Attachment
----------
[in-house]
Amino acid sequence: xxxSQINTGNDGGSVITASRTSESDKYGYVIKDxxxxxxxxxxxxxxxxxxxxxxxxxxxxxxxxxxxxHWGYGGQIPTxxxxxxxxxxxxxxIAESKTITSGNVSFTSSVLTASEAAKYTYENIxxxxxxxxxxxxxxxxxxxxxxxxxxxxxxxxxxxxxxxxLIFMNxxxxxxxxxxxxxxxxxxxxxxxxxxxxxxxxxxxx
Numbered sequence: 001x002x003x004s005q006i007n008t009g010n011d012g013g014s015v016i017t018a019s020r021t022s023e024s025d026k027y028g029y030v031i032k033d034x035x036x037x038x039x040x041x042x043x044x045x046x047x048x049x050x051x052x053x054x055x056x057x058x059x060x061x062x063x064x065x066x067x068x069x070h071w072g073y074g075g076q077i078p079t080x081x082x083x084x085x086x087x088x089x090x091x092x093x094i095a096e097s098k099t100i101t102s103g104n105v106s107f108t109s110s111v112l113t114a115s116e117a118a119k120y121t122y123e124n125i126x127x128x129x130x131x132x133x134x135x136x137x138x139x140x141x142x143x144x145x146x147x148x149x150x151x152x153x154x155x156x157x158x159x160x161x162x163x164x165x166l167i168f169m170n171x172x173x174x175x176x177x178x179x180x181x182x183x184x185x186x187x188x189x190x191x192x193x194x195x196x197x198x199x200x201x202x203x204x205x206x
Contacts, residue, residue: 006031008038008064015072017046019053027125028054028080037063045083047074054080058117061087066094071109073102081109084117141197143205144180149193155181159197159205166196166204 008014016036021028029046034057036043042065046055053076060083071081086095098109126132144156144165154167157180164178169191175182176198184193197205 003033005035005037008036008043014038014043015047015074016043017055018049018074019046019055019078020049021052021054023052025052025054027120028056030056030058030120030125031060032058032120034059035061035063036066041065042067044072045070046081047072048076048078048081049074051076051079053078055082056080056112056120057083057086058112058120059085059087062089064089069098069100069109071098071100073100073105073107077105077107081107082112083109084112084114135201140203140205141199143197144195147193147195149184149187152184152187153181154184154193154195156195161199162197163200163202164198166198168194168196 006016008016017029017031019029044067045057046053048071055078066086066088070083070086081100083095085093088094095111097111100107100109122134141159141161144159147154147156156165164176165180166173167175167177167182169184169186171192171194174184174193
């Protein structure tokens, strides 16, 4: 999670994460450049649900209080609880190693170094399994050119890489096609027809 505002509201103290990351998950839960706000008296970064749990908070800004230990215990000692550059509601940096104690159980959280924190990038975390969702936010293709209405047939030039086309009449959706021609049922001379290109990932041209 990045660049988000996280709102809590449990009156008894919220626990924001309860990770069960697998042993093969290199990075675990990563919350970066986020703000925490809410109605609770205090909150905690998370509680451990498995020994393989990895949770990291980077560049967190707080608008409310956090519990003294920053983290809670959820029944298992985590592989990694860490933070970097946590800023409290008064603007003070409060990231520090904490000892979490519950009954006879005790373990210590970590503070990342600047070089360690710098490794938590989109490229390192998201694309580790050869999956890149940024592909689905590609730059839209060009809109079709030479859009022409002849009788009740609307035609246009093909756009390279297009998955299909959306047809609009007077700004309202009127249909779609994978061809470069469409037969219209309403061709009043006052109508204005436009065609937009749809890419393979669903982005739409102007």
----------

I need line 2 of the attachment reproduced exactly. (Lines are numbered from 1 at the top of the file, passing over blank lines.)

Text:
Amino acid sequence: xxxSQINTGNDGGSVITASRTSESDKYGYVIKDxxxxxxxxxxxxxxxxxxxxxxxxxxxxxxxxxxxxHWGYGGQIPTxxxxxxxxxxxxxxIAESKTITSGNVSFTSSVLTASEAAKYTYENIxxxxxxxxxxxxxxxxxxxxxxxxxxxxxxxxxxxxxxxxLIFMNxxxxxxxxxxxxxxxxxxxxxxxxxxxxxxxxxxxx